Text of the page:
Marketing Pilgrim's Reputation Channel

Marketing Pilgrim's Reputation Channel is sponsored by Trackur.

Add Music and Video to your Bebo Profile

Social networking site Bebo has its own “Open Media” platform for music and video content. If you’re a member of Bebo you can create your own profile but now you can put video and your favorite music on it. Not audio files though (which someone should develop). Media companies can also create their own profiles.

When anyone says social networking profile I can’t help myself but translate that into free publicity for me and my company (or clients). I’ve been asked how I do my reputation management online, and there’s one of my secrets. It doesn’t take long to create profiles of yourself everywhere and focus on a few social networking sites that are worth a deeper time investment. Because they are time investments. But they are also ways to get links and exposure online. And the sites like Bebo get unique content. I’d think this would be especially big for small companies (local real estate agents, etc) who may not even have a web site or much competition online.

New Media at BlogWorld in Las Vegas

I’m here at BlogWorld in Las Vegas, Nevada. The best part of being here (besides it’s warm) is that normally blogging is solitary. But here, I’m in good company. There are laptops, bloggers, and podcasters publishing in real time, right from the show.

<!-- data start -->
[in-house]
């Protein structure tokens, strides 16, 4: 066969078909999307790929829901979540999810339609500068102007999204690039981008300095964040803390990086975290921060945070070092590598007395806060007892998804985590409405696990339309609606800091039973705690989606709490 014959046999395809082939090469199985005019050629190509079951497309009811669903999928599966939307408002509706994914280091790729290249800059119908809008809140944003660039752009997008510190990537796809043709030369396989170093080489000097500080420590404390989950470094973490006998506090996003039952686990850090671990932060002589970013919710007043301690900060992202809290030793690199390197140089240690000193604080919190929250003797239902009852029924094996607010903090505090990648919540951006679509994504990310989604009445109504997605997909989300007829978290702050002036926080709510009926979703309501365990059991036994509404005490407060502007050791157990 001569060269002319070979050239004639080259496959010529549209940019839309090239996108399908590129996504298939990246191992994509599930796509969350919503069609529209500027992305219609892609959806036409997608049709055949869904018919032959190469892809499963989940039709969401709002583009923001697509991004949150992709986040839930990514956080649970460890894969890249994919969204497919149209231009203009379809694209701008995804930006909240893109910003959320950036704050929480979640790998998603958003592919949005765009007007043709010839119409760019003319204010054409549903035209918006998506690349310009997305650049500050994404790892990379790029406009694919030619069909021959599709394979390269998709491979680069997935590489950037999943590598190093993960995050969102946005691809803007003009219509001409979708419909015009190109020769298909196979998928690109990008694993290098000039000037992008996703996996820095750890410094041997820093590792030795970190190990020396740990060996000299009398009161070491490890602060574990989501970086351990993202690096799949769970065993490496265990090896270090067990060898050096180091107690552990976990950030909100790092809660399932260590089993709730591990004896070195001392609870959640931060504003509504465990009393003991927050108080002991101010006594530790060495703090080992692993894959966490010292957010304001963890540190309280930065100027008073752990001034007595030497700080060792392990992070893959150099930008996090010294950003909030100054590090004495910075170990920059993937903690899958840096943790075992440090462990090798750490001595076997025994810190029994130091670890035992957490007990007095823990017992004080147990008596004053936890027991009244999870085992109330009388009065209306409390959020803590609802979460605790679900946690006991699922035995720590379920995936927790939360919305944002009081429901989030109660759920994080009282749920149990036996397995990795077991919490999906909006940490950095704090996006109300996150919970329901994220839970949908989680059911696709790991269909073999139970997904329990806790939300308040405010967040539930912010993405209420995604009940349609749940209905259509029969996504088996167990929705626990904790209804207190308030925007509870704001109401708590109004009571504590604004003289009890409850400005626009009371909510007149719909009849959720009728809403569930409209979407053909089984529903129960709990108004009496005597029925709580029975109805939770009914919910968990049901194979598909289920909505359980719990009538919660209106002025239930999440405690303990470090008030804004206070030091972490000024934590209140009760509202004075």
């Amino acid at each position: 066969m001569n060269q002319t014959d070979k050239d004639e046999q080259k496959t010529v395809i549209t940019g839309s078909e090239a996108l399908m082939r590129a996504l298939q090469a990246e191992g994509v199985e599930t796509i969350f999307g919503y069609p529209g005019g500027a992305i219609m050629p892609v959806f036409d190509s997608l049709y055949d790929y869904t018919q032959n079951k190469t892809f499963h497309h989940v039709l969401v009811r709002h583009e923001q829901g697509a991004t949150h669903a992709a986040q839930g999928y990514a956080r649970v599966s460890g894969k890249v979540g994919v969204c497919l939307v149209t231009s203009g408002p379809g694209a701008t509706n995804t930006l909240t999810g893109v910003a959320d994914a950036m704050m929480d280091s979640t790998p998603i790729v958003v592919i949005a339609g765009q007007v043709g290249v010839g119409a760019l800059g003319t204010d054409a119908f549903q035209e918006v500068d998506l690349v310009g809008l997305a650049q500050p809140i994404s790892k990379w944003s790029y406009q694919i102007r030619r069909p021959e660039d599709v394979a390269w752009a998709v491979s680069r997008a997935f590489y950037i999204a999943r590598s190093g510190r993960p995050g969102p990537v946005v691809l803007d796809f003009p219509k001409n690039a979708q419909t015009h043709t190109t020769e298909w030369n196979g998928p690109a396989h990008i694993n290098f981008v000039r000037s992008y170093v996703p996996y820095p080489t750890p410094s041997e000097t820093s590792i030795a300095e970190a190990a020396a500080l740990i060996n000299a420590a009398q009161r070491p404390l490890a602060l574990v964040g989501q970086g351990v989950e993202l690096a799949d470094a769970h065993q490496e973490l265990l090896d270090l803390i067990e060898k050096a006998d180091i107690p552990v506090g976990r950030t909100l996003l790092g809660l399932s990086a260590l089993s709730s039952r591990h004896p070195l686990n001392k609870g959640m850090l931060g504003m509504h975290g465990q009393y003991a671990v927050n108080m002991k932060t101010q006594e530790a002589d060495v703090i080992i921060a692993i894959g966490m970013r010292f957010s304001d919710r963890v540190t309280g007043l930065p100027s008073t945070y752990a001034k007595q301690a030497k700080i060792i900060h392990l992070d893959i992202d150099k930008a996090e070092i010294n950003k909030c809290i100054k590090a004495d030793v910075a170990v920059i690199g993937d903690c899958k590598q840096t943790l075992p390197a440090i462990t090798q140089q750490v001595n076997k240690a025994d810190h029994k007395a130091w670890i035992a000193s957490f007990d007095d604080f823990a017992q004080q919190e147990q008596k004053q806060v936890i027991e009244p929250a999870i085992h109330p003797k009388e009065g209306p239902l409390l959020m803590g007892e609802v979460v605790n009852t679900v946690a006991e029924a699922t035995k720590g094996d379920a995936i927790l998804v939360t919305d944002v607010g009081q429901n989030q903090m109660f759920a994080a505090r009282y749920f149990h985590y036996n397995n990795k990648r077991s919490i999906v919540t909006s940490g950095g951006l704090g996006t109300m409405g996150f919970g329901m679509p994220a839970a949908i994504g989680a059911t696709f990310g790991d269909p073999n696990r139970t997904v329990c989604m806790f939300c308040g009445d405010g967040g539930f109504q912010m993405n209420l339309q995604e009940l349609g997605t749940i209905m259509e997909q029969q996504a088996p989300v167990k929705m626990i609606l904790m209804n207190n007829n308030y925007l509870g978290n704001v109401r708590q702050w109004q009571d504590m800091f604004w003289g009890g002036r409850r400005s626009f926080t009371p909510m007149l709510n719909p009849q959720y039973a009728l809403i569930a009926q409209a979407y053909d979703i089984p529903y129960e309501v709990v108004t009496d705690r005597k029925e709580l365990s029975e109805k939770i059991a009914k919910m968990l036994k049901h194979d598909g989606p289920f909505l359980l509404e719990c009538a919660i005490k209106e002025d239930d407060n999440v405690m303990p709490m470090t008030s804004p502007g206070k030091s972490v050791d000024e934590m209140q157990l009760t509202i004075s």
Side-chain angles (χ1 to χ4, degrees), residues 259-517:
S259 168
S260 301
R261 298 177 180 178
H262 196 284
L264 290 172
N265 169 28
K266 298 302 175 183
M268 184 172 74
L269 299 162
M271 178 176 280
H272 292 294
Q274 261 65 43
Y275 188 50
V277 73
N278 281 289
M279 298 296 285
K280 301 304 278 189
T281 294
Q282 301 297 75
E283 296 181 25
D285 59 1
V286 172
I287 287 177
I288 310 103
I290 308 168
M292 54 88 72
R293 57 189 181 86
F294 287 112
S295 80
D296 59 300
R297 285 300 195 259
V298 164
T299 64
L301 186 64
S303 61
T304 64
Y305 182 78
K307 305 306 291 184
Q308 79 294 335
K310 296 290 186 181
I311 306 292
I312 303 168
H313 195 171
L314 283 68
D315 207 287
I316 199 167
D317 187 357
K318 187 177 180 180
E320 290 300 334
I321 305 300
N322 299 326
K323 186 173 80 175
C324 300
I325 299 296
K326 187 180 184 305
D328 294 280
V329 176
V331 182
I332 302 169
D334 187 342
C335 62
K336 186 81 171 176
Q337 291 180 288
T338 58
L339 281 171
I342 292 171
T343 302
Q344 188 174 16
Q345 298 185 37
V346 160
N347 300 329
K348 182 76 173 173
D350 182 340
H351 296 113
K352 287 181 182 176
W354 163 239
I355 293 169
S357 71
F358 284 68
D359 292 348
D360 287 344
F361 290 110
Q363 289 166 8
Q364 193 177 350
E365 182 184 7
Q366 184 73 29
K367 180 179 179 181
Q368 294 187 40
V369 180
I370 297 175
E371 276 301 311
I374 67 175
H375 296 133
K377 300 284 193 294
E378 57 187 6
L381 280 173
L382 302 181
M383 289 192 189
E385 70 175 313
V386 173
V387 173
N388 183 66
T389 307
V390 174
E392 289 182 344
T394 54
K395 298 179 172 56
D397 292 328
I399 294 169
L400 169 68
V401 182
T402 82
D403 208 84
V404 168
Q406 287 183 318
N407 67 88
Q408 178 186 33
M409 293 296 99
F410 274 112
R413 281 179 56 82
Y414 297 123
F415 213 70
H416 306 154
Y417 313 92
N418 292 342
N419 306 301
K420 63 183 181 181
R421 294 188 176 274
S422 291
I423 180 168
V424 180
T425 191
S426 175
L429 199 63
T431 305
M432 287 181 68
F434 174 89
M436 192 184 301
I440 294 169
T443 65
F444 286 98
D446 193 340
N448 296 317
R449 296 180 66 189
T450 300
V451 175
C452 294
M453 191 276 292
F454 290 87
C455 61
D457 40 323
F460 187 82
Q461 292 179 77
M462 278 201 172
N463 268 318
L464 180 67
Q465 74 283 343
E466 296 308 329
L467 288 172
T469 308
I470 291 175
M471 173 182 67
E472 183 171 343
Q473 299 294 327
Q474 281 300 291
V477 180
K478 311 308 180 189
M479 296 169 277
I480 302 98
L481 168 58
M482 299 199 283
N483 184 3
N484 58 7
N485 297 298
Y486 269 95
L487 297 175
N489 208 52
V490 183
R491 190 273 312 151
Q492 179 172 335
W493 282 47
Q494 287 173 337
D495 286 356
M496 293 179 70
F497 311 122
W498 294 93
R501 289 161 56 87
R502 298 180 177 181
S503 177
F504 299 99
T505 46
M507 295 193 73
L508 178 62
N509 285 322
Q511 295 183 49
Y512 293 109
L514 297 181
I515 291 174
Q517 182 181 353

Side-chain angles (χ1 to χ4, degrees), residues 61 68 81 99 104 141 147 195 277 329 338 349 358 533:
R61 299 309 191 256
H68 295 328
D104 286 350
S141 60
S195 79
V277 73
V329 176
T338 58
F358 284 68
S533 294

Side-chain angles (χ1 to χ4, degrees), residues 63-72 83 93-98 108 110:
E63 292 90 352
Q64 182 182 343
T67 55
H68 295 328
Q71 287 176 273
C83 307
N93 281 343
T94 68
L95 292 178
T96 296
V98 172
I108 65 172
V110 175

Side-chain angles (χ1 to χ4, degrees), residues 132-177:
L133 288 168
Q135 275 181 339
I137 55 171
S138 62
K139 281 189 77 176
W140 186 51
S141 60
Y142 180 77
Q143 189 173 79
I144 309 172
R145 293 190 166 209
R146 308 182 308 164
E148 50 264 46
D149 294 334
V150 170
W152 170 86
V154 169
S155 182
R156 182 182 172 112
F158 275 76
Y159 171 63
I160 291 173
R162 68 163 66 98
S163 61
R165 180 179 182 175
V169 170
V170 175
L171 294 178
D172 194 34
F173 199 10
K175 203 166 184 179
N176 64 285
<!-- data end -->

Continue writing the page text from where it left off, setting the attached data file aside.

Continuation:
Andy and I are actively twittering about what is happening in real time (along with many others). It makes what we do seem practically mainstream. And judging from the biggest names in the industry, more people are listening to new media. More and more we expect commentary and conversation not monologues.

I got to meet some of my heros: our own Andy Beal, John Chow, Matt Mullenweg, and Joe Beaulaurier from PRWeb. There are many I still hope to meet.

Why Best Buy Gets Customer Service; Praise from this Blogger

image What happens when you order a great deal from a major electronics company and the item becomes backordered? 99% of the time, the company will email you and tell you the item is no longer available and that you’re SOL. So, you can imagine my initial reaction when I received an email from Best Buy concerning a $99 HD-DVD player I had ordered. The subject read…

BBFB Discontinued Product – item# BB10818493

Seeing as it was a great deal–it normally retails for $300–I expected the email to tell me that the player was out of stock and that my order had been canceled. C’est la vie, right?

But, no. Best Buy did the unimaginable. It apologized for the item no longer being available and so would instead ship me the next model up.

Ad:Tech: BuzzLogic Launches Conversation Ad Targeting

image It seems that BuzzLogic has found another use for all of the conversation mining and sentiment analysis it conducts in the blogosphere. The company will today announce the launch of its Conversation Targeting™ ad system. The new service will enable advertisers to identify influential blogs and other social media conversations occurring around specific products, brands, and discussions. Once identified, advertisers can buy ad space "into the online conversations shaping consumer perception and buying behavior."